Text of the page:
I saw an old friend on TV the other day, and all I could do was cry.
I wish I could say they were tears of joy and nostalgia, but all I felt was pain and sadness. She was speaking some horribly painful truth about my alma mater, Michigan State University. I’d long known about the culture of silencing survivors of sexual assault there. After all, it’s pervasive in the culture at large, but it still hurt to hear about how people I’ve long admired contributed to it.
I keep hesitating to write out these names because it all hurts so much. My friend’s name is Lauren Allswede, and I’ve been struggling to tell her how proud I am of her.
Recently I reread the Henrik Ibsen play, “Enemy of the People”. The play ends with the protagonist learning a great truth “… that the strongest man in the world is he who stands most alone”. Dr. Thomas Stockmann had spoken uncomfortable truth and was made a pariah.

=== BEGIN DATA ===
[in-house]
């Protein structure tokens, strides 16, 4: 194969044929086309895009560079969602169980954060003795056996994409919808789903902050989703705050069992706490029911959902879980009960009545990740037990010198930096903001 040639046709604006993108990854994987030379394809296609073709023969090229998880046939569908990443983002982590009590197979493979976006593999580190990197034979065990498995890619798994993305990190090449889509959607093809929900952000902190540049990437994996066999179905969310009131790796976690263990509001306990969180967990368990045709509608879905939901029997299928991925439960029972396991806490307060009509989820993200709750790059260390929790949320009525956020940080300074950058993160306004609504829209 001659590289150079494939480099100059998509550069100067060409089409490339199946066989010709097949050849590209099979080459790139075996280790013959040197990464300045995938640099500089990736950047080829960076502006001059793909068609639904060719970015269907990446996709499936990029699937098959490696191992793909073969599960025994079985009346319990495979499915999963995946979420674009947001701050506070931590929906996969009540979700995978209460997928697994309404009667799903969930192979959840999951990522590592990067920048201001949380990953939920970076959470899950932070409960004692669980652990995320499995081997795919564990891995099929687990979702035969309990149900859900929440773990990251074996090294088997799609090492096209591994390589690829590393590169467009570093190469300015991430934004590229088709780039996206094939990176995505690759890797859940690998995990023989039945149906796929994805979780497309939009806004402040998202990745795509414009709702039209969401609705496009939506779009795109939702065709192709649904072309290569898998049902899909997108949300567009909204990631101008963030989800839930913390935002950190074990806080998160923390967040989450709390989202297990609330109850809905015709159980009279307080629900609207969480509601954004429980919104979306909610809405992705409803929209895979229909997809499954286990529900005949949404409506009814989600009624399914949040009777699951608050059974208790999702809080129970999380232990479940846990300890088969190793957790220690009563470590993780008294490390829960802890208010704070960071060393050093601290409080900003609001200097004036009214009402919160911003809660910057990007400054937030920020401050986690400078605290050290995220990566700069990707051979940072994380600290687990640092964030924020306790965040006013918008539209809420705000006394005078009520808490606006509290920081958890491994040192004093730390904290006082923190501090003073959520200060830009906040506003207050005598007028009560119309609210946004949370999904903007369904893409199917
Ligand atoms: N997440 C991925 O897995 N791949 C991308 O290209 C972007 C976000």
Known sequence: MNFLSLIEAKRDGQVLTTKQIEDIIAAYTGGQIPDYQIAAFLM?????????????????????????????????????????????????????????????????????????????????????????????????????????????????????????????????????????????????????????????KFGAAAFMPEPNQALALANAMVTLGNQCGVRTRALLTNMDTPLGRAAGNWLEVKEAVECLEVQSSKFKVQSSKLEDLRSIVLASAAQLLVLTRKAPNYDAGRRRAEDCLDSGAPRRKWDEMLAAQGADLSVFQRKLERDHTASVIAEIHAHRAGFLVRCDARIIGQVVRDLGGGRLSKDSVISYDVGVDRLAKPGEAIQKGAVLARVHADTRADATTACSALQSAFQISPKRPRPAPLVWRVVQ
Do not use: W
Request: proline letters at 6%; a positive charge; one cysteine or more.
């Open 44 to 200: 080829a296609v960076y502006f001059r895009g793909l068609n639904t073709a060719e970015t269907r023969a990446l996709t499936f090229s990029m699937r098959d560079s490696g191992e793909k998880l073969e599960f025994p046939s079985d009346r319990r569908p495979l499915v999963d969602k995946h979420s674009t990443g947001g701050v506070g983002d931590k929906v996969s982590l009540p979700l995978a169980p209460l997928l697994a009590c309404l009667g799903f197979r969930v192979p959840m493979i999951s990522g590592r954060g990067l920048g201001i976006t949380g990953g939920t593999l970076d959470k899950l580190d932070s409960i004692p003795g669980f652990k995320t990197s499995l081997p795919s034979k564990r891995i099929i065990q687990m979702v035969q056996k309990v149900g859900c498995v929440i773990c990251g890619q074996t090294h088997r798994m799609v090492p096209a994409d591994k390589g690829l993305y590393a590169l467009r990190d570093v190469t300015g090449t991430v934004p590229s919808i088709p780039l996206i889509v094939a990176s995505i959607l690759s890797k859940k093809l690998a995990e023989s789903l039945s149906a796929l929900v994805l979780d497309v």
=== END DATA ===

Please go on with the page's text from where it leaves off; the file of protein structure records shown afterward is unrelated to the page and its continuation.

Some people in my hometown are mad at Lauren for the comments she’s made. I understand their pain, but I wish they could redirect their anger at the the truth behind it all. We can’t get better until we all take ownership of what we’ve created and fostered. We must all hold ourselves accountable for our failings, and that is especially important for the people who have held the greatest power.
Lauren Allswede is an enemy but not of the people. She is an enemy to silencing and enabling. I’m proud to call her my friend. I hope the next time I get to see her face it’s for a happier reason.